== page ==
In 2014, I was pretty open about how unimpressed I was with a variety of extreme hardcore/metalcore releases. It wasn’t as if every metalcore record I heard was absolutely terrible, but it definitely felt like hardcore was going through an inevitable mid-life crisis, drudging through the mundane repetitions of life until it figured out what it was supposed to do. After that year of disengaged uncertainty, I’m glad to be kicking off 2015 with a half-hour of intensity from San Diego’s Retox.
Bassist/vocalist Justin Pearson (best known as a founding member of The Locust) started Retox to carry on the bizarre, complex synergy that members of The Locust, Blood Brothers and Yeah Yeah Yeahs created as supergroup Head Wound City, but the Southern California-based quartet has evolved into something else entirely. In many ways, Retox has become Pearson’s most straightforward project: the riffs are beefier, the time-signature changes have been trimmed down and the vocals neglect screaming or squealing in favor of a strained-yet-audible shout. And on Beneath California, Pearson uses this more transparent platform to dig back into the roots of California hardcore: expressing discontent at the loudest volume and most aggressive pace possible.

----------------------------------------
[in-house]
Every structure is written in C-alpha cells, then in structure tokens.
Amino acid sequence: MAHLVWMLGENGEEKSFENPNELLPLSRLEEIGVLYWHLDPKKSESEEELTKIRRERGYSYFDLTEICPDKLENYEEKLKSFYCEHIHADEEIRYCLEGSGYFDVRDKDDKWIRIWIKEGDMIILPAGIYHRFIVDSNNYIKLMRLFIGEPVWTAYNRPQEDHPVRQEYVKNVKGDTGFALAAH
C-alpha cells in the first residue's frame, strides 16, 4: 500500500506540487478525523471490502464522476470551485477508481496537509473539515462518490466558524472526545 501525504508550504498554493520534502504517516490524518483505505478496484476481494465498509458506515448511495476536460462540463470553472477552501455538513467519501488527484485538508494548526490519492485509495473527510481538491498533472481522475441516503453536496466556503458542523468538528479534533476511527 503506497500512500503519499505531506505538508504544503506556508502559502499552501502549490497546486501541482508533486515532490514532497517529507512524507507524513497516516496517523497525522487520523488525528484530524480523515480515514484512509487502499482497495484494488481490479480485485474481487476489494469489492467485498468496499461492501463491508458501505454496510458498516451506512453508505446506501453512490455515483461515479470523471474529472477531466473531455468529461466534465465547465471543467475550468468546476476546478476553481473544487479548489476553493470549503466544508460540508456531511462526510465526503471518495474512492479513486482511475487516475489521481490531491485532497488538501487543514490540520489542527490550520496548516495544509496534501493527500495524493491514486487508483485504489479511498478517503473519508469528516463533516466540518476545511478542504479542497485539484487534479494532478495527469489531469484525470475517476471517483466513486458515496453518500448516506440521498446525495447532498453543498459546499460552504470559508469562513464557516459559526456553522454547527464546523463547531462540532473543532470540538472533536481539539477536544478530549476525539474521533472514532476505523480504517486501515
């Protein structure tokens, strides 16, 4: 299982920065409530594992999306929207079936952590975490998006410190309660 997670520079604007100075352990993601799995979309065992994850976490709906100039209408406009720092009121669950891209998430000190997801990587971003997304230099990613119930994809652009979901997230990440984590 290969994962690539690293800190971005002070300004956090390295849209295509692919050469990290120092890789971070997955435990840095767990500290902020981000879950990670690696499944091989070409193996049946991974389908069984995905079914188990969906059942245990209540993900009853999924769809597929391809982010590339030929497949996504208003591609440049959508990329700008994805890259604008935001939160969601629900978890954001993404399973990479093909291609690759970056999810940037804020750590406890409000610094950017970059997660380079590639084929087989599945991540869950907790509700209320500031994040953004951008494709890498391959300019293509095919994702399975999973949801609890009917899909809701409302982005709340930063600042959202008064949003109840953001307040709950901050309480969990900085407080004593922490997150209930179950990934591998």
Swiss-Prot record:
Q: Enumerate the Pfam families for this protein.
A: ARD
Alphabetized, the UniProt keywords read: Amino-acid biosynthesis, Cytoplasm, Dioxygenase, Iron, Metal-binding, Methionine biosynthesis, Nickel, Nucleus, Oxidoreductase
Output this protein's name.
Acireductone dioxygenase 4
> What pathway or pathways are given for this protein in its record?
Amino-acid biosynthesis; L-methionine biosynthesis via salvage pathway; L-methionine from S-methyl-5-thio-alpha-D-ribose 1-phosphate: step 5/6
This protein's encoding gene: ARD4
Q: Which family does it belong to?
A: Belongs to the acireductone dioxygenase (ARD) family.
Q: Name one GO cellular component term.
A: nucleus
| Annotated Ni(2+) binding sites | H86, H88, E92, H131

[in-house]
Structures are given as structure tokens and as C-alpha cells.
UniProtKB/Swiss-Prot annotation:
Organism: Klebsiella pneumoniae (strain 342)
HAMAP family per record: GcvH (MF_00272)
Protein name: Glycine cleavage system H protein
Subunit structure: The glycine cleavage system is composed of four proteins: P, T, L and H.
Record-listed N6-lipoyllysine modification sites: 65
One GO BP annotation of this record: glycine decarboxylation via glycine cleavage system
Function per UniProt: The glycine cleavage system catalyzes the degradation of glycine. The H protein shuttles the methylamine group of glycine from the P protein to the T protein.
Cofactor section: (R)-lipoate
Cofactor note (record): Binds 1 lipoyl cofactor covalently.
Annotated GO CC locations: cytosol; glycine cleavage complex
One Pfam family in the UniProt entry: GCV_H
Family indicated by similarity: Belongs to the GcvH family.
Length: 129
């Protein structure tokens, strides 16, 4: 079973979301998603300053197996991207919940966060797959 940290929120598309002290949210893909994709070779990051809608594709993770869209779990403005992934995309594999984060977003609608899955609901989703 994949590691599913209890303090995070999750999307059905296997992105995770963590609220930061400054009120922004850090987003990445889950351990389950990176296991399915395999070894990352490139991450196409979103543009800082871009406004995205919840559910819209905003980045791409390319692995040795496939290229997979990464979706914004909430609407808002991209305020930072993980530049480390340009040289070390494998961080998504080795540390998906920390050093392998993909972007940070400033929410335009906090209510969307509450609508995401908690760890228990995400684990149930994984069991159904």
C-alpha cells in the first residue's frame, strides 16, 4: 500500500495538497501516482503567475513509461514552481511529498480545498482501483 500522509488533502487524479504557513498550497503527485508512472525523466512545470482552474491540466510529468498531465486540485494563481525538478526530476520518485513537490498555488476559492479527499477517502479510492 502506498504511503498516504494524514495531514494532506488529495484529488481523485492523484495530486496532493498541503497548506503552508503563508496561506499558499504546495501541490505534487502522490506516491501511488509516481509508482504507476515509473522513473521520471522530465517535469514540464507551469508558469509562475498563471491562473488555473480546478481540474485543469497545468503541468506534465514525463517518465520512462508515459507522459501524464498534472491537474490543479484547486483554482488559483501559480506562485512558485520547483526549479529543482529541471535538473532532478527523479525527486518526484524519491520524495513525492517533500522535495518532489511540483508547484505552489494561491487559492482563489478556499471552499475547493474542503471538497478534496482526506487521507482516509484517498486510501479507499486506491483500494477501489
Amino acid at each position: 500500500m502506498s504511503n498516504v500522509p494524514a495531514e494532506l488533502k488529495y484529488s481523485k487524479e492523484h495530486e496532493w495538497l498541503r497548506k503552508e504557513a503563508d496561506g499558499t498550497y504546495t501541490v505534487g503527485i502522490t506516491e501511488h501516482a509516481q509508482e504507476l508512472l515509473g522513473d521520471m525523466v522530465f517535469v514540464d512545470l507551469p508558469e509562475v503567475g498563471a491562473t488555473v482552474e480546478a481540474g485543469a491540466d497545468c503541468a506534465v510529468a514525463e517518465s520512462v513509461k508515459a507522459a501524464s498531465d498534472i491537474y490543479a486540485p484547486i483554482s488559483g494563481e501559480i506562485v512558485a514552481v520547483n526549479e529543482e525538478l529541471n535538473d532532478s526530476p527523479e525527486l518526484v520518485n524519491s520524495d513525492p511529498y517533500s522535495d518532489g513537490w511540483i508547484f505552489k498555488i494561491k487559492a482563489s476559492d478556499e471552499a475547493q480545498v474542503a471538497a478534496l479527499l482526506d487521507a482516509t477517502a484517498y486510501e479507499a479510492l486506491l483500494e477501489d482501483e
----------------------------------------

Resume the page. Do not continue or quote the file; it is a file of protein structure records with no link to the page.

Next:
There’s nothing too fancy about the songs on Beneath California, and that’s exactly what makes them such a pleasure to listen to. Pearson and company plow through twelve tracks of disgruntled, dynamic hardcore with the clean, technical precision that Pearson exhibits as a member of the Locust, but without any desire to over-complicate or muddy up his message. The hooks are more bizarre and the drums pound a bit more, but Beneath California carries with it a timeless, focused rage that measures up well as companion to early California hardcore records by the likes of Black Flag and Dead Kennedys. It’s at once a release of dark, chaotic energy and a breath of putrid, smog-ridden air.